Fiorello LaGuardia, a former Mayor of New York City, famously said “there is no Republican way or Democratic way to clean a street or build a sewer, but merely a right way and a wrong way.” As a former Mayor myself, I have a deep appreciation of LaGuardia’s sentiment.
Local government officials can’t afford to have their agendas crippled by political ideology or partisan games. They are judged every day by how well they deliver for the people they serve. That’s why, so often, cities are where things get done, and the entire Obama Administration is proud to do all we can to support the work of leaders on the ground.
Recently, I was proud to participate in the first convening of the U.S. Conference of Mayors’ (USCM) “Cities of Opportunity Task Force.” Launched in June by USCM President and Sacramento Mayor Kevin Johnson, and Chaired by New York City Mayor Bill de Blasio, the Task Force was formed to address one of the great challenges facing our nation: the growing opportunity gap.
As President Obama has outlined, for decades, we’ve seen trends that show how it’s become harder and harder for working and low-income families. Average wages have been stagnant. There has been an increasing disparity between productivity and pay. Poverty continues to devastate families across the country.
Mayors are uniquely positioned to tackle these challenges. We are in a Century of Cities, a time when America’s urban centers are growing again. The U.S. Census Bureau projects that by 2050, the population in urban areas will grow by more than 60 million people. Clearly, the future of our cities will help determine the future of our nation. The entire Obama Administration is proud to partner with mayors to ensure that this future provides opportunity for all.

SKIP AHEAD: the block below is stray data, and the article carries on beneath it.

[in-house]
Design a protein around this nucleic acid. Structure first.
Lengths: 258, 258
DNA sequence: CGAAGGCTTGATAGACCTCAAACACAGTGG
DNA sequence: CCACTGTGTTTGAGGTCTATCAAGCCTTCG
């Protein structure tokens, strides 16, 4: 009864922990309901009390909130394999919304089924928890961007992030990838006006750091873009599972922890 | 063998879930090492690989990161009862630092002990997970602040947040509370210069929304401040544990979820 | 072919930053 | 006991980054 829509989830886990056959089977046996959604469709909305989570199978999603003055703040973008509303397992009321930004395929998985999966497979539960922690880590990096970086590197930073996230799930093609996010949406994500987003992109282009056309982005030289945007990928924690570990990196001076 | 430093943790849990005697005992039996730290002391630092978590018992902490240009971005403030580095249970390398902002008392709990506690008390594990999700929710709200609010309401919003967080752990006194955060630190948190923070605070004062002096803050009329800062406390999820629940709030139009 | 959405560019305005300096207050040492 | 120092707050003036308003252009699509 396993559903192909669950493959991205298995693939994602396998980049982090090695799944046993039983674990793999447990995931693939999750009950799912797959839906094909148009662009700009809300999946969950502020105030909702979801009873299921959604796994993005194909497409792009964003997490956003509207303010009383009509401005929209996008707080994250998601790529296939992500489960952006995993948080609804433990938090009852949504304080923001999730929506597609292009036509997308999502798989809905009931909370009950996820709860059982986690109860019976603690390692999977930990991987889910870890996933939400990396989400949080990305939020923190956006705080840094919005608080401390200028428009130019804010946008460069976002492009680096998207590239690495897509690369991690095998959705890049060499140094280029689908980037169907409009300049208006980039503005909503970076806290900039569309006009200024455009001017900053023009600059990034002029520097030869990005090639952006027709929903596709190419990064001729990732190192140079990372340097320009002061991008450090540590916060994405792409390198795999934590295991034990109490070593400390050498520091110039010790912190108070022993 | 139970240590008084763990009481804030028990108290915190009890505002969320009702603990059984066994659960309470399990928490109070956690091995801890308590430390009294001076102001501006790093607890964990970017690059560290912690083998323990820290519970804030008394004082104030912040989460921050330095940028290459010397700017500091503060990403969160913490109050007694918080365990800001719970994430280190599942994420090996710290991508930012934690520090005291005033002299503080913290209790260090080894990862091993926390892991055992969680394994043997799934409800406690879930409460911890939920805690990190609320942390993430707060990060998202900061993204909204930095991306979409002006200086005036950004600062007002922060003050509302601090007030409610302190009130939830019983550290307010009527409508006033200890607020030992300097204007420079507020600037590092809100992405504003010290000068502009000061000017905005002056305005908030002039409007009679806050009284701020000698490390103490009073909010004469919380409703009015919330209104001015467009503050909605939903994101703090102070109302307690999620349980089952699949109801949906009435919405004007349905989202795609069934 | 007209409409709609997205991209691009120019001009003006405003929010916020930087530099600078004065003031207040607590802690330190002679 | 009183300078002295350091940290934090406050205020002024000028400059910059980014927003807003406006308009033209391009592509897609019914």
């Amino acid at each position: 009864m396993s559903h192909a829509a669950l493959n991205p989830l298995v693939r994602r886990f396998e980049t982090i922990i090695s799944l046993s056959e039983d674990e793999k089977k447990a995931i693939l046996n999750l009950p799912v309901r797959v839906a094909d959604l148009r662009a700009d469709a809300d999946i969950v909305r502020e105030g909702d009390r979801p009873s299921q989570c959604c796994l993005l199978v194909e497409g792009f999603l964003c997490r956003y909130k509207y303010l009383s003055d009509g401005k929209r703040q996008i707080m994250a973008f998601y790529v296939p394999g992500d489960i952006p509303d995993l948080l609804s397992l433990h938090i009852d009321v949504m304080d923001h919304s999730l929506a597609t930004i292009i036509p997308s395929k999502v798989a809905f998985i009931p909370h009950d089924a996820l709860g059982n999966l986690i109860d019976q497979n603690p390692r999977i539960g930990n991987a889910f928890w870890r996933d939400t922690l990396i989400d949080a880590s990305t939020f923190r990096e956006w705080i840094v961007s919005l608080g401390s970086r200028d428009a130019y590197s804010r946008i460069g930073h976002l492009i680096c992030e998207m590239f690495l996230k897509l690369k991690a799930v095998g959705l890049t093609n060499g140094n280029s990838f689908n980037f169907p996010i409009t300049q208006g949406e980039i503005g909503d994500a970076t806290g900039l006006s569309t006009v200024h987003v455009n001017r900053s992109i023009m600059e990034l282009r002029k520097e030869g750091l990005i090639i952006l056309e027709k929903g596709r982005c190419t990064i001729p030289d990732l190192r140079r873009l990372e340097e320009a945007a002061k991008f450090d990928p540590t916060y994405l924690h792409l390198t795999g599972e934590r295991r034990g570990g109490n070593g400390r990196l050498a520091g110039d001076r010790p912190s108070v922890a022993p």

During the Task Force’s meeting, I talked about work the President is doing to make this vision a reality. He has made this a year of action, doing everything he can to give folks a fair chance at bettering their lives. I highlighted the President’s actions that will create economic opportunity. For example, we’re going to create jobs by launching the “Build America Transportation Investment Center”—a new initiative housed at the Department of Transportation and led by Secretary Anthony Foxx, a former mayor himself. It’s going to help cities and states use innovative financing and enter into partnerships with the private sector to strengthen their infrastructure.
That’s why I’m committed to doing all I can to support the President’s opportunity agenda at HUD. The fact is that affordable housing and thriving communities are the foundation of strong cities. We’re going to stay focused on expanding access to credit, ending homelessness, and making our communities more resilient overall. When families are ready to buy and own a home, we’re going to be there. If they find themselves homeless, we’re going to be there for them as well—as they get back on their feet.
Cities are where progress often begins—especially with groups like the “Cities of Opportunities Task Force”—and this Administration supports the innovative ideas and solutions that are being generated outside Washington. They’re going to help HUD and other agencies across the government fulfill their missions and the President’s agenda to expand opportunity for all.